Thursday, June 4, 2020

Azure Service Bus Explorer in Azure Portal

Until recently I used the Service Bus Explorer to debug and manage Azure Service Bus. But last week I noticed the following new menu item in Azure Service Bus:

To use the Azure Service Bus explorer, you need to navigate to the Service Bus namespace on which you want to perform send, peek, and receive operations. Then select either ‘Queues’ or ‘Topics’ from the from the navigation menu. After doing that you should see the ‘Service Bus Explorer’ option.

Following operations are supported:

  • Queues
    • 'Send' to a queue
    • 'Receive' from a queue.
    • 'Peek' from a queue.
    • 'Receive' from DeadLetterQueue.
    • 'Peek' from the DeadLetterQueue.
  • Topics
    • 'Send' to a topic.
  • Subscriptions
    • 'Peek' from a subscription on a topic.
    • 'Receive' from a subscription.
    • 'Peek' from the DeadLetter subscription.
    • 'Receive' from the DeadLetter subscription.

To learn more about the Service Bus Explorer tool, please read the documentation.

Application Insights - Stop tracking 404 errors

By default Application Insights will log every 404 error in your web app as an error. I think this is a good default, but what if you don’t want to see these 404 errors?

There are 2 options to solve this:

Telemetry Processor

A telemetry processor gives you direct control over what is included or excluded from the telemetry stream.

We can register our new TelemetryProcessor by using the AddApplicationInsightsTelemetryProcessor extension method on IServiceCollection, as shown below:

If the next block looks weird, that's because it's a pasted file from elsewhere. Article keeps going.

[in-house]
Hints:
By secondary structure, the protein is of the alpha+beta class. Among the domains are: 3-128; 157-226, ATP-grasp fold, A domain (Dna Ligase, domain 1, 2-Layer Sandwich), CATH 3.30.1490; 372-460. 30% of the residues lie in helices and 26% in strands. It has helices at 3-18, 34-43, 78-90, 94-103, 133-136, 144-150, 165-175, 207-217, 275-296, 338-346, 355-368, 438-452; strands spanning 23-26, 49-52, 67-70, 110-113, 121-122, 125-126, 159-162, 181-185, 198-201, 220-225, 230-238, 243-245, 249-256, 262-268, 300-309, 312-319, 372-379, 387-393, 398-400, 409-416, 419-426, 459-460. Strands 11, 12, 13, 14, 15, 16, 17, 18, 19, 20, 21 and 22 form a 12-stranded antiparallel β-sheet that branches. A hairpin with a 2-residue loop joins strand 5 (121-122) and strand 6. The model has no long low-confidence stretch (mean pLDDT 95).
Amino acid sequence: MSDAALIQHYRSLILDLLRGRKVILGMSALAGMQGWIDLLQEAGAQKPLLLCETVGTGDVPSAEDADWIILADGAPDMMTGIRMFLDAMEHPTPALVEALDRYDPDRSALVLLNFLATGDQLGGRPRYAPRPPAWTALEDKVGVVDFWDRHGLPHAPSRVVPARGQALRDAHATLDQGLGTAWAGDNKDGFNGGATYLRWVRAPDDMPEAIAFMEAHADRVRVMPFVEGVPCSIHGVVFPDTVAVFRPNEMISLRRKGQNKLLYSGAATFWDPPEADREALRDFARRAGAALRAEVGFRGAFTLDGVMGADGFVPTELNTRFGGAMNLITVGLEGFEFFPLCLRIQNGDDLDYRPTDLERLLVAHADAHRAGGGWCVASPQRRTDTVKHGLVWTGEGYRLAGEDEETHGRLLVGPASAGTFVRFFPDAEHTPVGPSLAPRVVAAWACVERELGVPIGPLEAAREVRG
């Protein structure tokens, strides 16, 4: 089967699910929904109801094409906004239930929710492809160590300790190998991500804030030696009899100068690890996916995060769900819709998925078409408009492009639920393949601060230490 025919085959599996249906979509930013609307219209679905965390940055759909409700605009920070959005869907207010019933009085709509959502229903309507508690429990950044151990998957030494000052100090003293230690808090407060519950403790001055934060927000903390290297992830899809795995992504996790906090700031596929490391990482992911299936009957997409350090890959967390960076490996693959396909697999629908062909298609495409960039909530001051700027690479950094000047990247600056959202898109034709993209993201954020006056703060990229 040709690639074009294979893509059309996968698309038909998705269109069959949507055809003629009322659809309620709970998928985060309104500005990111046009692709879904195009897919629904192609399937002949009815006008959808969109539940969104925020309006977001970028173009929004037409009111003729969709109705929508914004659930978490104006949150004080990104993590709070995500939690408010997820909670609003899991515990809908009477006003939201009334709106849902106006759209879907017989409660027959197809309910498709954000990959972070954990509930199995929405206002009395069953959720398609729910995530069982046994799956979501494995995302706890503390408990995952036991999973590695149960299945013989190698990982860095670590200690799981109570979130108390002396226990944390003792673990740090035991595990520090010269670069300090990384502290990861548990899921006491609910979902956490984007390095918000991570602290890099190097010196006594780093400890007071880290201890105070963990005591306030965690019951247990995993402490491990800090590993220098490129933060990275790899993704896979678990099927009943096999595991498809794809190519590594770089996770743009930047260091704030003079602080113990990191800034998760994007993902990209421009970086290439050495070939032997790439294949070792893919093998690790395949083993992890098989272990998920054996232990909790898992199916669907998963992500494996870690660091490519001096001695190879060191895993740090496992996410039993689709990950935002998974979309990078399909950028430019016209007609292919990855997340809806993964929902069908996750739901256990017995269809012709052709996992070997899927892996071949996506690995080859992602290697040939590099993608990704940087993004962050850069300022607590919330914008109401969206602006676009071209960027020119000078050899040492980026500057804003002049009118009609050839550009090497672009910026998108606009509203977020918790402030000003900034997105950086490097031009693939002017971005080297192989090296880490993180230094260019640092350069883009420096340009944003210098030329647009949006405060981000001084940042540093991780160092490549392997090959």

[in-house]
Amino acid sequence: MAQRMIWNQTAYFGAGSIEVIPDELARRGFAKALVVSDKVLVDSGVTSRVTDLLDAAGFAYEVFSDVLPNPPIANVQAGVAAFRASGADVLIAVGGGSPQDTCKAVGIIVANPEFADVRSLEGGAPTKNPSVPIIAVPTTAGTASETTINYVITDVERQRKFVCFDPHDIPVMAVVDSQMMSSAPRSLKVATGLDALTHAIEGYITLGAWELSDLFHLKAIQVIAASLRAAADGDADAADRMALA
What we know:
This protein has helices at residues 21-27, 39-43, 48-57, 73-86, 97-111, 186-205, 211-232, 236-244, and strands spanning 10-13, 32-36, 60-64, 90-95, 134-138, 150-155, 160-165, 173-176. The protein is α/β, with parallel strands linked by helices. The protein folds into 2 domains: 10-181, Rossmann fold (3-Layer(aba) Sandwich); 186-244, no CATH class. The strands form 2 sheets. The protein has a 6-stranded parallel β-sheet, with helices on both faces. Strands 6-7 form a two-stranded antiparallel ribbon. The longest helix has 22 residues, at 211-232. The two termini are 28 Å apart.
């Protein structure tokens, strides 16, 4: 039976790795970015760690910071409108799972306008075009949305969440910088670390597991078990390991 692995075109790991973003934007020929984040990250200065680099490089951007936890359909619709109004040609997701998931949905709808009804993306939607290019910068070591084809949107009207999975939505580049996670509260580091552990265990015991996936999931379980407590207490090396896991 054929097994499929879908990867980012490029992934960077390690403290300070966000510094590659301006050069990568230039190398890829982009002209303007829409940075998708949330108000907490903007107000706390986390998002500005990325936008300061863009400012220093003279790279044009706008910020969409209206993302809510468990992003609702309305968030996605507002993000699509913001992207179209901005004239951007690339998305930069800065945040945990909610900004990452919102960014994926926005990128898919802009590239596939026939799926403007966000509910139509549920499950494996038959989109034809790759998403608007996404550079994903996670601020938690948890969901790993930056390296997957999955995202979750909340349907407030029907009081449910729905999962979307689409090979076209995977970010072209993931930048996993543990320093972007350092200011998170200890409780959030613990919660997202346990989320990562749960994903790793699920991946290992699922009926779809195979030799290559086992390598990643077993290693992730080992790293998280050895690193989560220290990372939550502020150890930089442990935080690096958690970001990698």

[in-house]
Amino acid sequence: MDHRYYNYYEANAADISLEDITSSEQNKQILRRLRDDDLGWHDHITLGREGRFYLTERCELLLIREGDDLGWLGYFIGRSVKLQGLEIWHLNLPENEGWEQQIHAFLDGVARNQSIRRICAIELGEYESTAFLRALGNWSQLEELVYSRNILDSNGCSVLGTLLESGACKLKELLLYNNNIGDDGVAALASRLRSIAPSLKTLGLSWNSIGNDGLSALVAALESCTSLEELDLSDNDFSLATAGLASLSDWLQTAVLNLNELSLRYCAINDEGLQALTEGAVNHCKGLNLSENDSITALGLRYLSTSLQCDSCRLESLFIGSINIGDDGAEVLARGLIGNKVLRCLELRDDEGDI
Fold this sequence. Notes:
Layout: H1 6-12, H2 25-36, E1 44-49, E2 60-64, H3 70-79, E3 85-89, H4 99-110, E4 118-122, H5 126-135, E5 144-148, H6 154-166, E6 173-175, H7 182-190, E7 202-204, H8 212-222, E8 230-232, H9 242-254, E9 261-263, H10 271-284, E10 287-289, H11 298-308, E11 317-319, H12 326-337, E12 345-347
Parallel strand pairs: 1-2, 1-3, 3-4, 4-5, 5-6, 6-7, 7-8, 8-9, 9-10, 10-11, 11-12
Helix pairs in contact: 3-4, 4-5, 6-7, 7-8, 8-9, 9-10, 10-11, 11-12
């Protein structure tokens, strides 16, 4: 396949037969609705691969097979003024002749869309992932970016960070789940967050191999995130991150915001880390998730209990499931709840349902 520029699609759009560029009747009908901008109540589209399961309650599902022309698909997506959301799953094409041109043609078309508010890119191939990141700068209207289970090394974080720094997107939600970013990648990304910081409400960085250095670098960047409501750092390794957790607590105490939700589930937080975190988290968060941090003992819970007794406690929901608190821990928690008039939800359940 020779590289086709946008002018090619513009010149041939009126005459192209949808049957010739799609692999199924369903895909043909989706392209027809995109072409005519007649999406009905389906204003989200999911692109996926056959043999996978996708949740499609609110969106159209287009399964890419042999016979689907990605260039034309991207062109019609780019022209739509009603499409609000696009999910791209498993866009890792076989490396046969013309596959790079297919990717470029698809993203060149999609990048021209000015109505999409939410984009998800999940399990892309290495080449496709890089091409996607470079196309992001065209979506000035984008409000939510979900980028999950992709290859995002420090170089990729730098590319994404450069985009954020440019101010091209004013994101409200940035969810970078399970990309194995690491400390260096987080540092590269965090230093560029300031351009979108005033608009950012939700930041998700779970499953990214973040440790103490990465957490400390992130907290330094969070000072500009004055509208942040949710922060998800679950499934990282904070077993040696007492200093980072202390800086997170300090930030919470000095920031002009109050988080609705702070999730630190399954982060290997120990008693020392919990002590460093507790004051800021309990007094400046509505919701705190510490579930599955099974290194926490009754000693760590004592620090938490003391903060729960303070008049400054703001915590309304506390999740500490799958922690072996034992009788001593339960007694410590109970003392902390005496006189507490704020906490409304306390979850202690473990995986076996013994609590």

Telemetry Initializer

Telemetry initializers allow you to enrich telemetry with additional information and/or to override telemetry properties set by the standard telemetry modules. By default, any request with a response code >= 400 is flagged as failed. But if we want to treat a 404 as a success, we can provide a telemetry initializer that sets the Success property:

We can register the TelemetryInitializer in our Startup.cs:

Advantage of the Telemetry Initializer is that we still log the 404 event but no longer as an error.

More information: https://docs.microsoft.com/en-us/azure/azure-monitor/app/api-filtering-sampling

Tuesday, June 2, 2020

Sharing authentication ticket between .NET Core and ASP.NET (Owin)

By default authentication tickets cannot be shared between .NET Core and OWIN. The good news is that it is possible but we have to take some extra steps:

.NET Core App

On .NET Core side we have to change the cookie authentication middleware:

  • The cookie name should match the name used by the OWIN Cookie Authentication Middleware (.AspNet.SharedCookie for example).
  • An instance of a DataProtectionProvider should be initialized to the common data protection key storage location.

ASP.NET (OWIN) App

On ASP.NET (OWIN) side we have to install the Microsoft.Owin.Security.Interop package first.

Then we can change the cookie authentication middleware:

  • The cookie name should match the name used by the ASP.NET Core Cookie Authentication Middleware (.AspNet.SharedCookie in the example).
  • An instance of a DataProtectionProvider should be initialized to the common data protection key storage location.

    Monday, June 1, 2020

    ASP.NET Core–Set environment through the commandline

    ASP.NET Core has built-in support for multiple environments. This makes it easy to load different configuration and apply different middleware depending on the environment.

    The typical to control the environment we want to use is through the ASPNETCORE_ENVIRONMENT environment variable.

    It is also possible to set the environment variable by passing it to the dotnet run command as an argument.